Santa Cruz County Goes Green(er)

Energy switch may pay dividends beyond fighting climate

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Illustration by Lizzy Choi
Illustration by Lizzy Choi

Santa Cruz area residents will soon be receiving their electricity from renewable power sources — and possibly saving money.

Both the city and Santa Cruz County signed on to Monterey Bay Community Power (MBCP) in late February, along with 17 other municipalities, which are working together to offer renewable energy to residents. Although MBCP is not sure exactly what type of renewable energy will be generated, the shift is expected to take place early next year.

“We’ve been working on it for nearly five years,” said Gine Johnson, a policy analyst on the staff of District 5 supervisor Bruce McPherson.

The move toward cleaner energy is McPherson’s brainchild — the work his office initiated created MBCP.

The main question for municipalities was whether switching to renewable power, such as wind and solar, could be done at a reasonable cost to consumers, Johnson said.

“We raised $400,000 to conduct a feasibility study to determine if we could provide greener energy at rate parity,” she said. Rate parity, in regards to electric companies, means delivering electricity at the same rate charged by Pacific Gas and Electric  Company (PG&E).

Santa Cruz County-owned buildings already get 27 percent of their energy from renewable sources, Johnson said, adding that the most immediate goal through MBCP is to hit 59 percent green power.

Once the County got the ball rolling, Santa Cruz city was quick to join, according to deputy city manager Scott Collins. He added San Benito and Monterey counties were interested early on. That’s key, because while MBCP will buy green power to start, the long-term goal is to generate power locally.

“Because there’s more land between San Benito County, Santa Cruz County [and] Monterey County, we have the ability to find land for a large-scale project,” Collins said. He pointed out that with three counties and local governments, there’s a sharing of costs and greater transparency.

“We would eventually want to be energy self-sufficient,” he said. “We can develop that capacity over a period of time.”

The state requires retail sellers and publicly owned utilities to get at least half their power from renewable sources by 2030, Collins said, adding MBCP expects to hit 80 percent green by 2020.

While he did not know how much the city already gets from green sources, Collins said it already has a number of large-scale projects, including solar panels at both the municipal building and police department.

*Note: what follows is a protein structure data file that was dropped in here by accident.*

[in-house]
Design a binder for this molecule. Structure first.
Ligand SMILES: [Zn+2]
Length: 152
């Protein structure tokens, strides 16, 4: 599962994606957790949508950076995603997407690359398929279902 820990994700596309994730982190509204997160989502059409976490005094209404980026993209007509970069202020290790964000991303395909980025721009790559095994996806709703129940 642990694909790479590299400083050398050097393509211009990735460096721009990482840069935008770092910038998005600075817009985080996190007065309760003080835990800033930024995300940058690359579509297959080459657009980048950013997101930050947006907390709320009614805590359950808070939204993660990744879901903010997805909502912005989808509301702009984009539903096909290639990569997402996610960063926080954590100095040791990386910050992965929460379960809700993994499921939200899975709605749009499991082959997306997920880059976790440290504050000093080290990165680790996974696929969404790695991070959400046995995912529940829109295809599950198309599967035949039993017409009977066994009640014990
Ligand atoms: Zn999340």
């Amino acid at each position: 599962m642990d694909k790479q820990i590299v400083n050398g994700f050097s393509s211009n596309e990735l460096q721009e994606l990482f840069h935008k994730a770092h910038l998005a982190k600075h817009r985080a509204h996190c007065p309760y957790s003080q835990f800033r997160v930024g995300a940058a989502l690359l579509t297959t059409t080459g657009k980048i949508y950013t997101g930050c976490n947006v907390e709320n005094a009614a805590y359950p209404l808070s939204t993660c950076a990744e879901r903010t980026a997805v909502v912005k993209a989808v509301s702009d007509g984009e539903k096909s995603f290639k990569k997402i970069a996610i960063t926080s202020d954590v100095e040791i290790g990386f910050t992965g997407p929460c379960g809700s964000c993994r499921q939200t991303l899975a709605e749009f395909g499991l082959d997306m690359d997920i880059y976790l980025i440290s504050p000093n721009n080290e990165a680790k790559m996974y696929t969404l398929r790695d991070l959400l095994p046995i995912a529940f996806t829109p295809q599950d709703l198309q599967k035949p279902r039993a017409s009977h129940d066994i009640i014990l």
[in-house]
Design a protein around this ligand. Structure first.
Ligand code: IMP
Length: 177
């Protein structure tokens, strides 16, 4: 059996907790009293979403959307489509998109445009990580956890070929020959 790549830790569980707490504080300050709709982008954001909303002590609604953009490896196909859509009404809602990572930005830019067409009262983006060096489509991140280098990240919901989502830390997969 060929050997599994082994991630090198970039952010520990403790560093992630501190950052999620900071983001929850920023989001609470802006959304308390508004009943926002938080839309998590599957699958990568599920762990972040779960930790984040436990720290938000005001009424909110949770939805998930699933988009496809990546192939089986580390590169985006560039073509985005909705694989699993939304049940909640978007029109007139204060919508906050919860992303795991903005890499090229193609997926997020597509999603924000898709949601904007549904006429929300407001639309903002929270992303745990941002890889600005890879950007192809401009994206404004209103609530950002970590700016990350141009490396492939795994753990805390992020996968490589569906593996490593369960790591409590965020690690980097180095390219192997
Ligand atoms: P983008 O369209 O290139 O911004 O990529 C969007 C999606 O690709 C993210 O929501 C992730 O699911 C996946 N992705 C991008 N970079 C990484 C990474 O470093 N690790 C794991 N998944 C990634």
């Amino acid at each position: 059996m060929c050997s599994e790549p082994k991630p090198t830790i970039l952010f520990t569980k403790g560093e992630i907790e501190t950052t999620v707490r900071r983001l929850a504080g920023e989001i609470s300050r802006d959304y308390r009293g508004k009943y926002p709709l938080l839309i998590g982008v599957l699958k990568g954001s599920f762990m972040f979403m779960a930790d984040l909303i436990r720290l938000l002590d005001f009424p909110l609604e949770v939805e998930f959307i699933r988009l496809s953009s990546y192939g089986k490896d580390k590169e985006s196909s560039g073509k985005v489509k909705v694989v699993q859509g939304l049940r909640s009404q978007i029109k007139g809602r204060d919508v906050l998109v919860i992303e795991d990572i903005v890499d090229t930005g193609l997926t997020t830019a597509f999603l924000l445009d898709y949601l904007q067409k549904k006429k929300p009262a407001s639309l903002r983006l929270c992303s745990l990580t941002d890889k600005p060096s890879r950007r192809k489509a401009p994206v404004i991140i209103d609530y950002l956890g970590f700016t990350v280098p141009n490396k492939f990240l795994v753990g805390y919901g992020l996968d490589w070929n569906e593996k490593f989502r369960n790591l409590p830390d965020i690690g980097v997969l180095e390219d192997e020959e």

Reducing greenhouse gases was the main drive behind the creation of MBCP. However, Johnson said there are side benefits, including job creation. MBCP will need people to build, maintain and run local power generation systems.

It’s also likely energy consumers will see lower bills, Collins said.

“It’s a real possibility,” he said. “The longest-established community [power] choice agencies in the state are offering real savings. In fact, [savings] may be better, given that PG&E just raised its rates earlier this year.”

Marin County moved to renewable energy in 2008. The project, Marin Clean Energy (MCE), was spearheaded by Shawn Marshall, who was an elected official in Mill Valley at the time.

“The promise we made to our constituents was [rate] parity,” Marshall said. “As it turned out, when MCE launched we were about 5 percent lower on the [power] generation rates. We were very cautious and careful not to overpromise.”

Marshall was quick to point out, however, that the savings are only in power generation. PG&E will continue to handle power lines and maintenance, she said, so savings will likely average about 2.5 percent. While electricity will be purchased or generated by MBCP, consumers will still get their bills from PG&E.

As MBCP started to get up and running, Greenpower, a nonprofit that promotes renewable energy, began educating consumers about the switch. Greenpower’s  director Benjamin Eichert said his organization has hosted public events, primarily for Spanish-speaking and faith communities.

Consumers will have the opportunity to opt out and continue to receive power from PG&E, but unless they make that choice, they’ll automatically be switched.

Aside from some savings and the knowledge that they’re helping in the fight against climate change, Eichert said one of the best parts for consumers is that not much will change.

In fact, Eichert said, they might not notice the switch at all.